Fermi telescope discovers new giant structure in our galaxy PhysOrg - November 9, 2010
NASA's Fermi Gamma-ray Space Telescope has unveiled a previously unseen structure centered in the Milky Way. The feature spans 50,000 light-years and may be the remnant of an eruption from a supersized black hole at the center of our galaxy.
Bubbles of Energy Are Found in Galaxy New York Times - November 10, 2010
Something big is going on at the center of the galaxy, and astronomers are happy to say they don’t know what it is.
Huge Gamma Ray Bubbles Found Around Milky Way NASA - November 10, 2010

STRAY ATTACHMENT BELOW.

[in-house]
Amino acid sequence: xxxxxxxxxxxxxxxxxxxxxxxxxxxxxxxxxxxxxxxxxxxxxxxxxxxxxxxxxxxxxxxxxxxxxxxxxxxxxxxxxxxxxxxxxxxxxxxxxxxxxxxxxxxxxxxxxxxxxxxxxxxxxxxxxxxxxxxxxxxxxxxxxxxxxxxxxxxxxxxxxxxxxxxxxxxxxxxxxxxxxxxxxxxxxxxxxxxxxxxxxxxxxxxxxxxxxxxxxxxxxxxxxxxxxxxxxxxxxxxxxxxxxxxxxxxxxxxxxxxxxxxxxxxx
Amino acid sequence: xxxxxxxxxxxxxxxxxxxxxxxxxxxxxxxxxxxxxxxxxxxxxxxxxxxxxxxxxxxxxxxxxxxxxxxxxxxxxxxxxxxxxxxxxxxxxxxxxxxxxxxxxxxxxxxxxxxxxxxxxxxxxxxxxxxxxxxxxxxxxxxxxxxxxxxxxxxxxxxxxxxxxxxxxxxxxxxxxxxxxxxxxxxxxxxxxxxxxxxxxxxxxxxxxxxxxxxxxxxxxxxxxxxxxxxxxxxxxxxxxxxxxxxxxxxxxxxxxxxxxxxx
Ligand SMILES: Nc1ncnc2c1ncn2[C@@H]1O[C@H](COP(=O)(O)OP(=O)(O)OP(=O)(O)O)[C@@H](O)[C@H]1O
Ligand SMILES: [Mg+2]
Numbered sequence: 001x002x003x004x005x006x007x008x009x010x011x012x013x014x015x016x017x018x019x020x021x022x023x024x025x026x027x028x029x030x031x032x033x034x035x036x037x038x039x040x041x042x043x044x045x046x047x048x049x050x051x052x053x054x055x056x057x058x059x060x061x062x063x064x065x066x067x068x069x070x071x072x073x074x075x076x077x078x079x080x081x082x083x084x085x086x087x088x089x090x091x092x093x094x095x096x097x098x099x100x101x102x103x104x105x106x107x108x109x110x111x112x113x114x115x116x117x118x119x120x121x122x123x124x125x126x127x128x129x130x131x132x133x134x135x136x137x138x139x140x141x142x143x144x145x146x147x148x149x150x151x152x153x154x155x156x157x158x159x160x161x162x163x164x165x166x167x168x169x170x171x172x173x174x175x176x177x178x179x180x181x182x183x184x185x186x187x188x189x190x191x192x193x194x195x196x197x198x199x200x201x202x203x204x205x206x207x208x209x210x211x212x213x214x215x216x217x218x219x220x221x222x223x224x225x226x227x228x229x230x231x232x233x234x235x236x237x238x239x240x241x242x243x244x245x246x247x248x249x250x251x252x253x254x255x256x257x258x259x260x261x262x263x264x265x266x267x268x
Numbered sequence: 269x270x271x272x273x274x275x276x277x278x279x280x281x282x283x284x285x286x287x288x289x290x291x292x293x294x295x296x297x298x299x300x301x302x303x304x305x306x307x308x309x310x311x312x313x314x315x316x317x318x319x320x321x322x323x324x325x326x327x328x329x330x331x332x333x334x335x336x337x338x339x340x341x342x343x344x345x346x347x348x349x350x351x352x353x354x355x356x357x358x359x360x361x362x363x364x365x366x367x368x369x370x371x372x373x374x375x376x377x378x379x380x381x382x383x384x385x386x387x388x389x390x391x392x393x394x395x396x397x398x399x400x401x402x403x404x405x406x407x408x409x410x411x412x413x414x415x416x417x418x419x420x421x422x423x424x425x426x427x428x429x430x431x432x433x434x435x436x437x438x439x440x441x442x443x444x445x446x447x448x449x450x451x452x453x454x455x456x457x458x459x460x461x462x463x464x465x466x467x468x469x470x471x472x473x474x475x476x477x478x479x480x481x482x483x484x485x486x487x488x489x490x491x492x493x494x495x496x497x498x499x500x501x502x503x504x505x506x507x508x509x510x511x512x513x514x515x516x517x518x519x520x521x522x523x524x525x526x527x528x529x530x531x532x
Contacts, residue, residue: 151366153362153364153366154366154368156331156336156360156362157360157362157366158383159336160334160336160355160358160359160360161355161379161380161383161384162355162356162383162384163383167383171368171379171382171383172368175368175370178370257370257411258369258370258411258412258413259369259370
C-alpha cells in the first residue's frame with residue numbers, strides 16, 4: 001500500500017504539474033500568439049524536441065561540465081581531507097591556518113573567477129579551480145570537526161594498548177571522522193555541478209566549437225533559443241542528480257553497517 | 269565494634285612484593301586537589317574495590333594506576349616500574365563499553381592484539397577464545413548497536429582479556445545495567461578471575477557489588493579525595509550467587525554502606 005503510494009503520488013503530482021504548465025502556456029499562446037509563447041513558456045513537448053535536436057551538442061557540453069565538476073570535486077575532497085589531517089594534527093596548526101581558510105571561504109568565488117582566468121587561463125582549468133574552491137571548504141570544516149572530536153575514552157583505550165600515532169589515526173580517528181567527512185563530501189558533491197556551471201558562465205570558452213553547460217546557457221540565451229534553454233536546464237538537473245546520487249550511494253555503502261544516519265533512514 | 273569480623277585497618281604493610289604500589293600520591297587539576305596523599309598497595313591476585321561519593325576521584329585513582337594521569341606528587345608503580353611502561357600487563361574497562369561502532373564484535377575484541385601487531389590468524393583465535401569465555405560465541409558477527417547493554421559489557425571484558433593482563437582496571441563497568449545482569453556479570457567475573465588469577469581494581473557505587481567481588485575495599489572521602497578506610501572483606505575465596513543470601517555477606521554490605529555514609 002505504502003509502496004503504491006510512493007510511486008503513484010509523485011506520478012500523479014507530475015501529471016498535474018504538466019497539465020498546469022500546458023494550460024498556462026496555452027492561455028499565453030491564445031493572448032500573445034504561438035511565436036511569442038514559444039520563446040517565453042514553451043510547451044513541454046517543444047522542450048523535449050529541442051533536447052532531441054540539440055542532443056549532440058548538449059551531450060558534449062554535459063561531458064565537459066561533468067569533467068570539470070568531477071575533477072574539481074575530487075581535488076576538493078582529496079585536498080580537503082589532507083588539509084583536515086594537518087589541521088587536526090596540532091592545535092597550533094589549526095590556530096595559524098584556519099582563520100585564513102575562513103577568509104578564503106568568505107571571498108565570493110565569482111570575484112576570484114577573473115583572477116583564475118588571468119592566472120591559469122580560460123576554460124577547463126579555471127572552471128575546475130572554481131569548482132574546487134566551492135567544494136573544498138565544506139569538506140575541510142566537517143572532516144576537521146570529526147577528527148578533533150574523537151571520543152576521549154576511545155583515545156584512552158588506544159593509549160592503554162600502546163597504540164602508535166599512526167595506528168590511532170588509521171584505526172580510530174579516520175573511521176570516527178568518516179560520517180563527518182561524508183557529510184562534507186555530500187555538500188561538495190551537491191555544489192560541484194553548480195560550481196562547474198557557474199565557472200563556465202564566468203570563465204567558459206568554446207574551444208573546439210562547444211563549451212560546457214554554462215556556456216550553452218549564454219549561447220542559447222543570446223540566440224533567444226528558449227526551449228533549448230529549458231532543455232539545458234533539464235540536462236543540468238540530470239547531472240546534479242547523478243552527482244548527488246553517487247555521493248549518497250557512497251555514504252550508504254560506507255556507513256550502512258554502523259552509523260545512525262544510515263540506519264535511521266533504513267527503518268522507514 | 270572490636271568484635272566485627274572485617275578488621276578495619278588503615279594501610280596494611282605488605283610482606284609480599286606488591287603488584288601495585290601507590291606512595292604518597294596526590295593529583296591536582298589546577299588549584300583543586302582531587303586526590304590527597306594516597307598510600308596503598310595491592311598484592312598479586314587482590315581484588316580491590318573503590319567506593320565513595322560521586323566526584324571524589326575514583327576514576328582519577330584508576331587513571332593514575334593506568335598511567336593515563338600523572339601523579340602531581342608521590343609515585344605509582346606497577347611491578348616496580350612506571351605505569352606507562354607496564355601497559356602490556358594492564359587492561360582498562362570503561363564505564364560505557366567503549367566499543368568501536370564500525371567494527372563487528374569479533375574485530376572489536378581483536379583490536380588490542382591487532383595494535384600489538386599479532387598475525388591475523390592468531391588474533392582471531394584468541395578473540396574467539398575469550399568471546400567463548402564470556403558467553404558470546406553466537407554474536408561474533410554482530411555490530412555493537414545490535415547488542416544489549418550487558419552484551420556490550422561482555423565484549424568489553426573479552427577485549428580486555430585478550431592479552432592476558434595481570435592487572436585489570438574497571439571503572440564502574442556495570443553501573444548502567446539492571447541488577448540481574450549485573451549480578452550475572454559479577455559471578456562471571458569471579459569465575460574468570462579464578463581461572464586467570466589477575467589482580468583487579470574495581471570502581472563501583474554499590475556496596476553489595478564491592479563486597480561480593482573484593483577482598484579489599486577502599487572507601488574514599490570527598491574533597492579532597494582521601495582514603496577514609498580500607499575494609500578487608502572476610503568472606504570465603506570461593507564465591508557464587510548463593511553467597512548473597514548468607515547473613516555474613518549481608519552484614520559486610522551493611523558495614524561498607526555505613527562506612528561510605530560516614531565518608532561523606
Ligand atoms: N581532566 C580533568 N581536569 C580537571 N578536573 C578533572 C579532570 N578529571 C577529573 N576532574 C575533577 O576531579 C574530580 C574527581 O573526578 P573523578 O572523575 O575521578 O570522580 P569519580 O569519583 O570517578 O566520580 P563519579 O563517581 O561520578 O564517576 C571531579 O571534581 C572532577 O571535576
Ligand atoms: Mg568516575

Did you know that our Milky Way Galaxy has huge bubbles emitting gamma rays from the direction of the galactic center? Neither did anybody. As the data from the Earth-orbiting Fermi satellite began acuminating (tapering gradually to a sharp point) over the past two years, however, a large and unusual feature toward our Galaxy's center became increasingly evident. The two bubbles are visible together as the red and white spotted oval surrounding the center of the above all sky image, released yesterday. The plane of our Galaxy runs horizontally across the image center. Assuming the bubbles emanate from our Galaxy's center, the scale of the bubbles is huge, rivaling the entire Galaxy in size, and spanning about 50,000 light years from top to bottom. Earlier indications of the bubbles has been found on existing all sky maps in the radio, microwave, and X-ray. The cause of the bubbles is presently unknown, but will likely be researched for years to come.